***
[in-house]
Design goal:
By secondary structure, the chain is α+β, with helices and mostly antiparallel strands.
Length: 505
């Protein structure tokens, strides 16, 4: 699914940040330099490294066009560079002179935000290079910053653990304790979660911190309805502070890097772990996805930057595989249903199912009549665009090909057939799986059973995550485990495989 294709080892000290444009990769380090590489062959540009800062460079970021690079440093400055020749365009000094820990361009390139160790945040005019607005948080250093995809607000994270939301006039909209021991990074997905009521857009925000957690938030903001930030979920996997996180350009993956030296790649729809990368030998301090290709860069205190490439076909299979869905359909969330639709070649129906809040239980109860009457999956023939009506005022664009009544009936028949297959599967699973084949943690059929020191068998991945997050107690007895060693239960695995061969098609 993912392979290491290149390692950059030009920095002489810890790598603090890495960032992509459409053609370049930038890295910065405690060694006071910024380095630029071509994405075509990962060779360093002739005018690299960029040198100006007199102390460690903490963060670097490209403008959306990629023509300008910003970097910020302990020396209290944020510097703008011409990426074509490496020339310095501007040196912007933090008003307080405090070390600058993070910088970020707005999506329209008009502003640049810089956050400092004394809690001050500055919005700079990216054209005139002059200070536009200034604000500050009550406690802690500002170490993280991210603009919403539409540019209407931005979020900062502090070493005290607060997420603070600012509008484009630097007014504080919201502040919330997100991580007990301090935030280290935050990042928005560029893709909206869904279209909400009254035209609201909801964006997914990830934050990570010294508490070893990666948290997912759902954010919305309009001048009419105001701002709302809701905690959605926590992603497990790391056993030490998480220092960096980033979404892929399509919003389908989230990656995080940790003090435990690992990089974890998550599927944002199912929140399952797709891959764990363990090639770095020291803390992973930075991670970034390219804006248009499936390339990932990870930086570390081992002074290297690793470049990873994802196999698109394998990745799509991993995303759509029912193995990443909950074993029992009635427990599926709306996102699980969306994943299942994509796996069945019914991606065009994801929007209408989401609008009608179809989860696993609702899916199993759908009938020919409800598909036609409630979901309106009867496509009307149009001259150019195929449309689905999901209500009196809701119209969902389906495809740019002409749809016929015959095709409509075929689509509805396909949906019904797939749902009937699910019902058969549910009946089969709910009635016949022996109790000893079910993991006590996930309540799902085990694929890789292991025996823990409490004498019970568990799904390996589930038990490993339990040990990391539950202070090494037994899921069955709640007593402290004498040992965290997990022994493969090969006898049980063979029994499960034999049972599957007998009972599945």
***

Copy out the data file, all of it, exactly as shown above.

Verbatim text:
[in-house]
Design goal:
By secondary structure, the chain is α+β, with helices and mostly antiparallel strands.
Length: 505
């Protein structure tokens, strides 16, 4: 699914940040330099490294066009560079002179935000290079910053653990304790979660911190309805502070890097772990996805930057595989249903199912009549665009090909057939799986059973995550485990495989 294709080892000290444009990769380090590489062959540009800062460079970021690079440093400055020749365009000094820990361009390139160790945040005019607005948080250093995809607000994270939301006039909209021991990074997905009521857009925000957690938030903001930030979920996997996180350009993956030296790649729809990368030998301090290709860069205190490439076909299979869905359909969330639709070649129906809040239980109860009457999956023939009506005022664009009544009936028949297959599967699973084949943690059929020191068998991945997050107690007895060693239960695995061969098609 993912392979290491290149390692950059030009920095002489810890790598603090890495960032992509459409053609370049930038890295910065405690060694006071910024380095630029071509994405075509990962060779360093002739005018690299960029040198100006007199102390460690903490963060670097490209403008959306990629023509300008910003970097910020302990020396209290944020510097703008011409990426074509490496020339310095501007040196912007933090008003307080405090070390600058993070910088970020707005999506329209008009502003640049810089956050400092004394809690001050500055919005700079990216054209005139002059200070536009200034604000500050009550406690802690500002170490993280991210603009919403539409540019209407931005979020900062502090070493005290607060997420603070600012509008484009630097007014504080919201502040919330997100991580007990301090935030280290935050990042928005560029893709909206869904279209909400009254035209609201909801964006997914990830934050990570010294508490070893990666948290997912759902954010919305309009001048009419105001701002709302809701905690959605926590992603497990790391056993030490998480220092960096980033979404892929399509919003389908989230990656995080940790003090435990690992990089974890998550599927944002199912929140399952797709891959764990363990090639770095020291803390992973930075991670970034390219804006248009499936390339990932990870930086570390081992002074290297690793470049990873994802196999698109394998990745799509991993995303759509029912193995990443909950074993029992009635427990599926709306996102699980969306994943299942994509796996069945019914991606065009994801929007209408989401609008009608179809989860696993609702899916199993759908009938020919409800598909036609409630979901309106009867496509009307149009001259150019195929449309689905999901209500009196809701119209969902389906495809740019002409749809016929015959095709409509075929689509509805396909949906019904797939749902009937699910019902058969549910009946089969709910009635016949022996109790000893079910993991006590996930309540799902085990694929890789292991025996823990409490004498019970568990799904390996589930038990490993339990040990990391539950202070090494037994899921069955709640007593402290004498040992965290997990022994493969090969006898049980063979029994499960034999049972599957007998009972599945």